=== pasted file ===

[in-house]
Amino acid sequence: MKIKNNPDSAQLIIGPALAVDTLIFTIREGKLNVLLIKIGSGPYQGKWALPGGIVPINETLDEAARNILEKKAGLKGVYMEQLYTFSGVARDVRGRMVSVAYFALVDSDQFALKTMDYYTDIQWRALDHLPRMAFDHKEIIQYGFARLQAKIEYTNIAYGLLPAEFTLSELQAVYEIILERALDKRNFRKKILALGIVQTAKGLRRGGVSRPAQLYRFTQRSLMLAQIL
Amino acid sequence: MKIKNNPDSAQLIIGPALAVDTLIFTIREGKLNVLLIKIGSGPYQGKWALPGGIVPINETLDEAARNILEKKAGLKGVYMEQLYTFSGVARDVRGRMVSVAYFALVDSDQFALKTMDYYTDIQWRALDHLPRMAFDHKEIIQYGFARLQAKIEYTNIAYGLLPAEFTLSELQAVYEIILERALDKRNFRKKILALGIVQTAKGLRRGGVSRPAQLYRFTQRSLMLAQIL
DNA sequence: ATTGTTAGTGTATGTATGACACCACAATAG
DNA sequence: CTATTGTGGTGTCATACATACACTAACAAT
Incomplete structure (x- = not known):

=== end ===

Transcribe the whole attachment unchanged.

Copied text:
[in-house]
Amino acid sequence: MKIKNNPDSAQLIIGPALAVDTLIFTIREGKLNVLLIKIGSGPYQGKWALPGGIVPINETLDEAARNILEKKAGLKGVYMEQLYTFSGVARDVRGRMVSVAYFALVDSDQFALKTMDYYTDIQWRALDHLPRMAFDHKEIIQYGFARLQAKIEYTNIAYGLLPAEFTLSELQAVYEIILERALDKRNFRKKILALGIVQTAKGLRRGGVSRPAQLYRFTQRSLMLAQIL
Amino acid sequence: MKIKNNPDSAQLIIGPALAVDTLIFTIREGKLNVLLIKIGSGPYQGKWALPGGIVPINETLDEAARNILEKKAGLKGVYMEQLYTFSGVARDVRGRMVSVAYFALVDSDQFALKTMDYYTDIQWRALDHLPRMAFDHKEIIQYGFARLQAKIEYTNIAYGLLPAEFTLSELQAVYEIILERALDKRNFRKKILALGIVQTAKGLRRGGVSRPAQLYRFTQRSLMLAQIL
DNA sequence: ATTGTTAGTGTATGTATGACACCACAATAG
DNA sequence: CTATTGTGGTGTCATACATACACTAACAAT
Incomplete structure (x- = not known):